PETALING JAYA: Travellers and tour operators are urging Malaysia Airports Holdings Bhd (MAHB) to put up prominent signboards to alert passengers to the limited aerotrain service schedule at Kuala Lumpur International Airport (KLIA).
They said the situation at the airport has been “chaotic” during peak periods due to the limited schedule of the aerotrain.
This will give a bad impression of Malaysia to foreign visitors, they added.
Due to aerotrain upgrading work which will only be completed in March 2025, only one aerotrain will run at any given time, with a limited schedule of four trips daily.
In the interim, there are airport buses available round-the-clock to ferry passengers.
Many travellers were caught unaware that the aerotrain was running on a limited schedule and that there were alternative buses available.
A traveller complained that there were no prominent signs at KLIA explaining the situation, which has been causing chaos during peak flight hours.
Regular traveller Datuk Seri Wong Chun Wai was appalled to witness the chaos and confusion as he touched down at KLIA at 3pm on Sunday after returning home from Dubai.
“As it was an afternoon flight, I expected the airport to be packed.
“There was only one aerotrain running. I have read (reports) that one is down and repair works will only be completed in 2025, which is two years away.
“I am sure tourists would have no idea about this. Possibly most Malaysians as well.
“I wish more signs and alerts were put up,” he said when contacted yesterday.
Wong said while he was in the crowd, he could only hear a person shouting directions to passengers to take the buses.
“Why can’t there be a big sign that says ‘We are upgrading our aerotrains. Please proceed this way to the buses. We apologise for the inconvenience,’?” he said.
The airport buses were, however, available in good numbers and were quick to ferry passengers to the main terminal, said Wong.
Besides the lack of signboards for the aerotrain situation, Wong said he also noticed that one walkalator was out of service as he made his way towards the immigration area.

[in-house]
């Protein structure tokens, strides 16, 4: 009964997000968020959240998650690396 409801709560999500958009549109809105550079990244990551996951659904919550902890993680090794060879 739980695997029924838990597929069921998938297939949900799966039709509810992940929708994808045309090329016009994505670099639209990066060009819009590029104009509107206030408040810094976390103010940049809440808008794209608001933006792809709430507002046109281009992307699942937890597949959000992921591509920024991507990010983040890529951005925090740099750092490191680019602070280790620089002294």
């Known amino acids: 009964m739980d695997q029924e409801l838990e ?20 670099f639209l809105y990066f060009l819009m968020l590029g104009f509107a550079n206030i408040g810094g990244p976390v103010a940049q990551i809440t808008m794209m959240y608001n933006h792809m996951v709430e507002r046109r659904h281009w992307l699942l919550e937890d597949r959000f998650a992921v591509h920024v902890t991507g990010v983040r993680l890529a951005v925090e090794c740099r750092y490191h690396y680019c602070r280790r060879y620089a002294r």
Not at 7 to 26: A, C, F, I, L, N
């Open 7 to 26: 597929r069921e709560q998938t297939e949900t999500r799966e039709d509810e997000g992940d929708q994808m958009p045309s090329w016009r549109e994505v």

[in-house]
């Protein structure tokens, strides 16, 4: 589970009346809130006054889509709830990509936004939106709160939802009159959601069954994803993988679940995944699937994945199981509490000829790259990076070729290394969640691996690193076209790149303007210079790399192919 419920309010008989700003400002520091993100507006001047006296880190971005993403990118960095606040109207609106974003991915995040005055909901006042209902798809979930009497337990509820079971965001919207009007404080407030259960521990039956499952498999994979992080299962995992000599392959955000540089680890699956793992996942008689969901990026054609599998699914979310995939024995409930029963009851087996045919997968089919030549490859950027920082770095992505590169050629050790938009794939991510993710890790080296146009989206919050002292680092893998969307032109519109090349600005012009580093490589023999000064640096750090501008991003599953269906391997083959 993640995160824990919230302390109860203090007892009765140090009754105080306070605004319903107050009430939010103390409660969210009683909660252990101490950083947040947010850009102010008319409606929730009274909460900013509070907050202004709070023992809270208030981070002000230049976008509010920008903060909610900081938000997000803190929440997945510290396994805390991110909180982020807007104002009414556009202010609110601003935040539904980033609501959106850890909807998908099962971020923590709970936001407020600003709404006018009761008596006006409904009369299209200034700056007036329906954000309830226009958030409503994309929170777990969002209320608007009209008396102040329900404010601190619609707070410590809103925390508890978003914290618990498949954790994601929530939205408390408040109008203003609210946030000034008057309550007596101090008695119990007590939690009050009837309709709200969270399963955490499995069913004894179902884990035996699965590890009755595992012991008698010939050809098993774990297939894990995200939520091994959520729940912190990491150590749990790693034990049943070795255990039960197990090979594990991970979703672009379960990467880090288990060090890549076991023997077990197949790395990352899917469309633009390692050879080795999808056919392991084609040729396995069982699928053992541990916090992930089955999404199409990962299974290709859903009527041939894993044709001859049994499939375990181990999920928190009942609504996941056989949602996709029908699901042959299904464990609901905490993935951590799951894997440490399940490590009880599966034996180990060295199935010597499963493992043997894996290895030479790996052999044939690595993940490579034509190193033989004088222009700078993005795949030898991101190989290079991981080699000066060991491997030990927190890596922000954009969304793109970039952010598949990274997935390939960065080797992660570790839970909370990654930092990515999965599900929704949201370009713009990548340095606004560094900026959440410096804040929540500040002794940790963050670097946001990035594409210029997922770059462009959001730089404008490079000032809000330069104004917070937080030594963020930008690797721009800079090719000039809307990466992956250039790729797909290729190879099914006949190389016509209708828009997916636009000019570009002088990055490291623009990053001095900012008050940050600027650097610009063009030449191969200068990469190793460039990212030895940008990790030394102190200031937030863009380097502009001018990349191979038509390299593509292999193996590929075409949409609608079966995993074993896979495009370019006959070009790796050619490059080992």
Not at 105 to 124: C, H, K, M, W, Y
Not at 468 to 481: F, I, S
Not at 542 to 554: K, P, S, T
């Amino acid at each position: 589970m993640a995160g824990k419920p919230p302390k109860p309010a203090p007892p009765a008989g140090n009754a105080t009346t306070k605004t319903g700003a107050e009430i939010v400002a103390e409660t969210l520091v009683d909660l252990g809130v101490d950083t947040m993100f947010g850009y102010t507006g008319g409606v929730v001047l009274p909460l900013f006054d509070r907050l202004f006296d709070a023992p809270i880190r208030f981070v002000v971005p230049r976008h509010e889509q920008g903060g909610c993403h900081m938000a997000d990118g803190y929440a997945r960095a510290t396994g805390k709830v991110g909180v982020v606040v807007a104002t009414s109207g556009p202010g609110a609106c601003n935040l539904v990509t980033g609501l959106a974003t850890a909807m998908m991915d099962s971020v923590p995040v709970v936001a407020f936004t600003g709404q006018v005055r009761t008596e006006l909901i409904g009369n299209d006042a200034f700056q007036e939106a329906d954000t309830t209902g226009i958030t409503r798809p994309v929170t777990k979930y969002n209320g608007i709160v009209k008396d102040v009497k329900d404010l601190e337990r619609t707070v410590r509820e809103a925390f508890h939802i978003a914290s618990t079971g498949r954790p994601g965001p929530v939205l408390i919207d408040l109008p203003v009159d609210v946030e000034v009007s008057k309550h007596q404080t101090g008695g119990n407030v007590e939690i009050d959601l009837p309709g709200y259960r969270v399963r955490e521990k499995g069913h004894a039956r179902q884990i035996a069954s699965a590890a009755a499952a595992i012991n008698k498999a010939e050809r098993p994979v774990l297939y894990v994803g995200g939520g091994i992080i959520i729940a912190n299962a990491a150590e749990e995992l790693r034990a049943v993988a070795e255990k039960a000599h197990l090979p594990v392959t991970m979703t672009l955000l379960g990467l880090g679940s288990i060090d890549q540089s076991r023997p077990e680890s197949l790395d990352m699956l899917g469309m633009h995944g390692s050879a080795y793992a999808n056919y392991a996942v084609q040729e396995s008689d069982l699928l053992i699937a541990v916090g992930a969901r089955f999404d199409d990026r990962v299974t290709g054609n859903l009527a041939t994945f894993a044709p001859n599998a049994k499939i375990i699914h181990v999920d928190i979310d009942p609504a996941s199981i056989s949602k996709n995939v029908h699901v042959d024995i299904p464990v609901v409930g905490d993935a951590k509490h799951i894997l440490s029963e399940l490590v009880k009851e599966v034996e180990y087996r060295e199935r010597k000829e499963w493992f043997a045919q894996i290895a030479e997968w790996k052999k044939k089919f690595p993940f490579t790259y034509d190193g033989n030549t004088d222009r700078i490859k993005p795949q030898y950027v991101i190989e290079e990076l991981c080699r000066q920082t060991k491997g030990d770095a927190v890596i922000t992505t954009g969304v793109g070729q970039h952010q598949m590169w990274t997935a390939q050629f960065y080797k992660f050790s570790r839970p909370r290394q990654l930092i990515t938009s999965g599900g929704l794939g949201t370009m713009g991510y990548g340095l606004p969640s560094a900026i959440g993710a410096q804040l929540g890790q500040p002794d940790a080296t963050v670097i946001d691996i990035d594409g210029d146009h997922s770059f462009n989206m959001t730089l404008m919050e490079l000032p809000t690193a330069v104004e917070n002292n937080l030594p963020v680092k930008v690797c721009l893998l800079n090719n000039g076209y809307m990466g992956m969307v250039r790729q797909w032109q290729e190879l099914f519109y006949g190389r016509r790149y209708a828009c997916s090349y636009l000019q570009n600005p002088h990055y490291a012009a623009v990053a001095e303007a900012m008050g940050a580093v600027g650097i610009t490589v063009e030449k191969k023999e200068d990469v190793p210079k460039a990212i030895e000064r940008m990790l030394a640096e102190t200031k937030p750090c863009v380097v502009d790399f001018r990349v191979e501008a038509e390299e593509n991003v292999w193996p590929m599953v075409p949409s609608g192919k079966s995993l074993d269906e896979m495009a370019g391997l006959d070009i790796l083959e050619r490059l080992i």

There was also a long queue of tourists in front of him, he said, adding that this would not create a good impression of Malaysia to tourists.
He said the current situation at KLIA made Malaysia “look disorganised and unprofessional.”
“This is what happens when we brag about world-class facilities but we have a lousy maintenance culture,” he added.
Wong urged MAHB to take the necessary measures to raise the efficiency of services at the airport.
Malaysian Association of Tour and Travel Agents (MATTA) president Datuk Tan Kok Liang said the suggestion for MAHB to put up more signs explaining the aerotrain’s limited services should be looked into seriously.
“We also hope the frequency of the shuttle buses will be sufficient during peak hours. Perhaps, more signs can be prominently displayed to advise passengers of the shuttle services.
“Of course, travellers would prefer the convenience and speed of the aerotrain,” he added.
MAHB had announced in September last year that it had embarked on an aerotrain replacement programme as its current aerotrain system has been in operation since the opening of KLIA in 1998.
The entire asset replacement programme will take three years and is scheduled to be completed by March 2025.
Also known as an automated people mover, the KLIA aerotrain is a three-car, 250-passenger capacity train to transport 3,000 passengers an hour.
The journey from the main terminal building to the satellite terminal building or vice versa is completed within two and a half minutes under normal circumstances.